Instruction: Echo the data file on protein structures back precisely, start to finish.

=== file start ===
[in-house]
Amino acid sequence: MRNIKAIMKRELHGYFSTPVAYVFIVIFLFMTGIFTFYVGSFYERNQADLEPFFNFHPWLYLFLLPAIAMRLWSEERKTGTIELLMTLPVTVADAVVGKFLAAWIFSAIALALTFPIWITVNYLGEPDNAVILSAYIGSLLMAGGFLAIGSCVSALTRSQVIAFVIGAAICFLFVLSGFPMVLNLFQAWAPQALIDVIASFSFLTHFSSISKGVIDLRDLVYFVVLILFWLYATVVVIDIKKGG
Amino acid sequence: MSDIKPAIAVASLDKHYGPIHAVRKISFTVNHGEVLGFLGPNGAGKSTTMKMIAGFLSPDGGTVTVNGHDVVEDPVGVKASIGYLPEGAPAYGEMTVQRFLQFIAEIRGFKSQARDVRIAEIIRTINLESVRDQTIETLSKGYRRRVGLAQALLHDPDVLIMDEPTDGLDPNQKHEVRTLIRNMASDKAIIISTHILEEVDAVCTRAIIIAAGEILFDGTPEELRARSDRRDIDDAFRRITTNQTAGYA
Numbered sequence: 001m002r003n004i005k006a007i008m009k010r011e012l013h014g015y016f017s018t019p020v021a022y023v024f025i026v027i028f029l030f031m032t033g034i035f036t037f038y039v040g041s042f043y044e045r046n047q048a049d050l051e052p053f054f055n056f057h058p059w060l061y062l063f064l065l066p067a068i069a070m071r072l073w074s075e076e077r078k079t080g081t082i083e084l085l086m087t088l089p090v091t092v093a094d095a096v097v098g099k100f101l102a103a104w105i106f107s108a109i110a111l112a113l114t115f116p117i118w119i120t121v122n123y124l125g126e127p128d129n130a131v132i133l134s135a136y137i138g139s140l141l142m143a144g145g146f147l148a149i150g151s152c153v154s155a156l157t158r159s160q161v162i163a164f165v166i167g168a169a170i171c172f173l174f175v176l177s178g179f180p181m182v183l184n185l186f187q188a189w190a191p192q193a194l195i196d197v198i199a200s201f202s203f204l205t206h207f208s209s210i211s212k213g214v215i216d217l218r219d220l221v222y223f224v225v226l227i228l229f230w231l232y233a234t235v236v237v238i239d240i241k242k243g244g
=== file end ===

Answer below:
[in-house]
Amino acid sequence: MRNIKAIMKRELHGYFSTPVAYVFIVIFLFMTGIFTFYVGSFYERNQADLEPFFNFHPWLYLFLLPAIAMRLWSEERKTGTIELLMTLPVTVADAVVGKFLAAWIFSAIALALTFPIWITVNYLGEPDNAVILSAYIGSLLMAGGFLAIGSCVSALTRSQVIAFVIGAAICFLFVLSGFPMVLNLFQAWAPQALIDVIASFSFLTHFSSISKGVIDLRDLVYFVVLILFWLYATVVVIDIKKGG
Amino acid sequence: MSDIKPAIAVASLDKHYGPIHAVRKISFTVNHGEVLGFLGPNGAGKSTTMKMIAGFLSPDGGTVTVNGHDVVEDPVGVKASIGYLPEGAPAYGEMTVQRFLQFIAEIRGFKSQARDVRIAEIIRTINLESVRDQTIETLSKGYRRRVGLAQALLHDPDVLIMDEPTDGLDPNQKHEVRTLIRNMASDKAIIISTHILEEVDAVCTRAIIIAAGEILFDGTPEELRARSDRRDIDDAFRRITTNQTAGYA
Numbered sequence: 001m002r003n004i005k006a007i008m009k010r011e012l013h014g015y016f017s018t019p020v021a022y023v024f025i026v027i028f029l030f031m032t033g034i035f036t037f038y039v040g041s042f043y044e045r046n047q048a049d050l051e052p053f054f055n056f057h058p059w060l061y062l063f064l065l066p067a068i069a070m071r072l073w074s075e076e077r078k079t080g081t082i083e084l085l086m087t088l089p090v091t092v093a094d095a096v097v098g099k100f101l102a103a104w105i106f107s108a109i110a111l112a113l114t115f116p117i118w119i120t121v122n123y124l125g126e127p128d129n130a131v132i133l134s135a136y137i138g139s140l141l142m143a144g145g146f147l148a149i150g151s152c153v154s155a156l157t158r159s160q161v162i163a164f165v166i167g168a169a170i171c172f173l174f175v176l177s178g179f180p181m182v183l184n185l186f187q188a189w190a191p192q193a194l195i196d197v198i199a200s201f202s203f204l205t206h207f208s209s210i211s212k213g214v215i216d217l218r219d220l221v222y223f224v225v226l227i228l229f230w231l232y233a234t235v236v237v238i239d240i241k242k243g244g